The MEMENTO Team (one member missing)
University of Malta showcases advanced electronic development during the Malta Robotics Olympiad event
Electronics development at the University of Malta continues to reach new heights as the University consolidates its position as the foremost venue for advanced electronics education and research in the country. Two years ago the Department of Electronic Systems Engineering invested heavily in a new design studio, a modern printed circuit board (PCB) fabrication plant and electronic assembly facilities. This permitted undergraduate and postgraduate students to up their game, and aim for the state-of-the-art in many of their projects.
A number of these projects have been given a commercial perspective, with several enterprising students taking advantage of access to equipment and the all-round technical guidance afforded by the University to venture into full-blown product development. 'It is not uncommon for our students to pursue their final year thesis projects further even after they graduate, and this includes various robots and drone designs,' says Dr Ing. Marc Anthony Azzopardi who has been encouraging students to take this route. 'Things are changing in this country and today there are several opportunities of funding and support for good ideas. It is becoming easier to create your own business as long as you put your mind to it,' he continues. 'The University offers a sterling service in this regard. We have favourable intellectual property (IP) sharing conditions for budding entrepreneurs, not to mention training opportunities from the Centre for Entrepreneurship & Business Incubation (CEBI) and ongoing mentoring and support from the Take-OFF Business Incubator and the Knowledge Transfer Office (KTO).' These entities are strategically located next door to the Engineering Building.
Two teams showcased their latest developments at the Malta Robotics Olympiad (MRO) event last weekend, as part of the Faculty of Engineering’s effort to engage students from a young age.
MEMENTO, a team of 5 bright engineering graduates and students – Andre Micallef, Roberto Drago, Karl Galea, David Scicluna, Alec Fenech and their mentor, Dr Azzopardi – described the intricacies that go into electronic product development. Their circuit designs handle data rates in excess of 65 Gbit per second that are generated by some of the world’s fastest commercial off the shelf image sensors. Field Programmable Gate Arrays (FPGAs) are used extensively in this kind of work in order to funnel the vision information into banks of fast memory.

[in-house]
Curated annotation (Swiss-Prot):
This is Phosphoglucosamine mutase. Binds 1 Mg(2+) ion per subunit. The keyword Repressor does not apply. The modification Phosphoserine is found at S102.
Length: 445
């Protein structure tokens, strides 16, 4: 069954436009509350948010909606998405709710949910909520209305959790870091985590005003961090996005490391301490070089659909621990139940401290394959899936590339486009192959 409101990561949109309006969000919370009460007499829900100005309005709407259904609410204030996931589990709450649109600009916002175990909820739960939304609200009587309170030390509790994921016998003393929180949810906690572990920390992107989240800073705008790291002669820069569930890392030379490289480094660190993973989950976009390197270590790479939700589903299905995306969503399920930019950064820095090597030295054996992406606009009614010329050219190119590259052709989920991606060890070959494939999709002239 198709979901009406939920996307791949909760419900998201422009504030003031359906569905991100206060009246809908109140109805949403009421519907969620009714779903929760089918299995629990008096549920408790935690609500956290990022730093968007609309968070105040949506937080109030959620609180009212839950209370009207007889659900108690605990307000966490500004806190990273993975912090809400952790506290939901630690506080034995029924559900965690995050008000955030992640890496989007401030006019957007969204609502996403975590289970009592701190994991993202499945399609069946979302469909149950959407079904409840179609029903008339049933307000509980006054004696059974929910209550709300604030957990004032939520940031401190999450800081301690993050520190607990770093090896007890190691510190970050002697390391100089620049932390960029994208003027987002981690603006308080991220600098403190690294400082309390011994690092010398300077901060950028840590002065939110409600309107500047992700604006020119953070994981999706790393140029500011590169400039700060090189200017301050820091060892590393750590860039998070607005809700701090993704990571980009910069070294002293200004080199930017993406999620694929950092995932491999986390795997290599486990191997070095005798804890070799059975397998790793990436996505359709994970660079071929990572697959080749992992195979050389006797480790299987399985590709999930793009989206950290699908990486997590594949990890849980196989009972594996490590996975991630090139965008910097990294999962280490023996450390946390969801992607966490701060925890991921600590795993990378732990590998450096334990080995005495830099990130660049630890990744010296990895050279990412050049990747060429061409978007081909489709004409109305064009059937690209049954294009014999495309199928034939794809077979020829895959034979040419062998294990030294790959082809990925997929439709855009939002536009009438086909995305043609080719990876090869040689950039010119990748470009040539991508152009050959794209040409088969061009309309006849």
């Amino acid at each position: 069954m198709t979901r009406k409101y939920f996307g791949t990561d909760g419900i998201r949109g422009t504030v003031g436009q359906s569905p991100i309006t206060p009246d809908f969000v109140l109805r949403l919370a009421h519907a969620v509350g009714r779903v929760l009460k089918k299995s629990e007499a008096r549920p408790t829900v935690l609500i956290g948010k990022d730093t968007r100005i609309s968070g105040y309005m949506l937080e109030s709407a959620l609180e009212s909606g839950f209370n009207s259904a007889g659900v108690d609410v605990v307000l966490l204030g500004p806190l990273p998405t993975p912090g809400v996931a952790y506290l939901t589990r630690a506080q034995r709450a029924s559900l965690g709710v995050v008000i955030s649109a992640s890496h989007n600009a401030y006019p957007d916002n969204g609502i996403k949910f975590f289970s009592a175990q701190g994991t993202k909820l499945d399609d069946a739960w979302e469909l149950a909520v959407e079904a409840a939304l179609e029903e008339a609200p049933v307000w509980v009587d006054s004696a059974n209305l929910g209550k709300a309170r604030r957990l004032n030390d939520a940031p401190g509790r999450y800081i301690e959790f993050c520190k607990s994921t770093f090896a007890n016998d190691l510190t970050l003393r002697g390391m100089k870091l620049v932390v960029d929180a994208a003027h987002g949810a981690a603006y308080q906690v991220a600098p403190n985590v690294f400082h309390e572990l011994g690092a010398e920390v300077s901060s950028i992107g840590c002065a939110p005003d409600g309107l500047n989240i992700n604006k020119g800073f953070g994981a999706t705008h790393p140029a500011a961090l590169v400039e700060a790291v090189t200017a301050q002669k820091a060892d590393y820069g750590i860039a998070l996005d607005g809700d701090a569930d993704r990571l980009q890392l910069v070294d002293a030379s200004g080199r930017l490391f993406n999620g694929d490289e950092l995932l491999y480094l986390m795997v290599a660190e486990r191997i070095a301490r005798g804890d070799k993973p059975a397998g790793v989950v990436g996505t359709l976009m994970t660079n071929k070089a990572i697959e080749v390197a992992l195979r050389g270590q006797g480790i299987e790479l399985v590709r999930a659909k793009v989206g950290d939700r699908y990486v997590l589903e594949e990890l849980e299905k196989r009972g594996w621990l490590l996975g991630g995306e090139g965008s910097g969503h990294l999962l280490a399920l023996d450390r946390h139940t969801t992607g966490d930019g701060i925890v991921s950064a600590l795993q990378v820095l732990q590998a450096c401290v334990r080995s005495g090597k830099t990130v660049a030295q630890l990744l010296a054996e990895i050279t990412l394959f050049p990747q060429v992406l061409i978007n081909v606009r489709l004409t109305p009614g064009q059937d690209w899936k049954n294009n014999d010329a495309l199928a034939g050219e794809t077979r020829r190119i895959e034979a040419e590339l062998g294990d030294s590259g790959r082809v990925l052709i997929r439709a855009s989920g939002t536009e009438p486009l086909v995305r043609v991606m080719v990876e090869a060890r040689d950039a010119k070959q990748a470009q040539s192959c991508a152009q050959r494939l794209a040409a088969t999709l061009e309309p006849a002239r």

The next hurdle is getting the data out of the camera, in real-time. Fast multi-lane fibre optics are required at these speeds and PCB design is taken to a whole new level, with 12 layer stack-ups, transmission lines and discrete components that are barely visible to the naked eye. Power and cooling requirements are also very challenging in order to ensure that the product remains compact and practical. Low volume assembly of such systems has become an art in and of itself and here one has to rely heavily on the equipment to ensure reliable results.
ASTREA is another team of highly motivated students and academics that are engaged in top-end research. In this case, their aim is to develop and launch Malta’s first satellite – a 250g PocketQube that will orbit the earth at an altitude of 550km for many years after its planned launch towards the end of 2018. 'This project combines the art of miniaturisation with design for reliability, a duo that has innumerable commercial applications,' says Darren Cachia, who was the first Masters student enrolled on this multi-disciplinary research programme. 'Work is progressing at a very good pace and by the end of this academic year we will have working prototypes for the solar panels, electrical power systems, attitude control and an early version of an electric propulsion system.' Other students working on this project include: Darren Debattista, Denise Baldacchino, Ramses Rotin, Daniel Cumbo, Mario Bonnici and Jonathan Camilleri in the UK.
MEMENTO secured close to EUR 200,000 of funding covering a three-year period of intense development, from the Malta Council for Science & Technology (MCST) through FUSION: The R&I Technology Development Programme of 2015. The plan is to produce prototypes approaching a marketable product that can be serially produced efficiently. This will enable the team to spin off the activity into an independent company and take it off from there.
ASTREA, on the other hand, is currently growing more organically with the support of the University of Malta Research Fund, the Research Innovation & Development Trust (RIDT) and several contributors from the local industry, but there are plans to also commercialise aspects of the PocketQube satellite in view of the booming CubeSat market. Moreover, subsystem development for space applications creates countless opportunities for international collaborations.
'Our students are clearly learning by doing, contrary to common misconceptions,' adds Dr Ing. Andrew Sammut, Dean of the Faculty of Engineering. 'In electronics, for example, we are reaching the stage where students are only limited by their own imagination. If you want to do great things with your life there is nothing to stop you, and we are here to help you. University education is free and is open to anyone who wishes to excel.'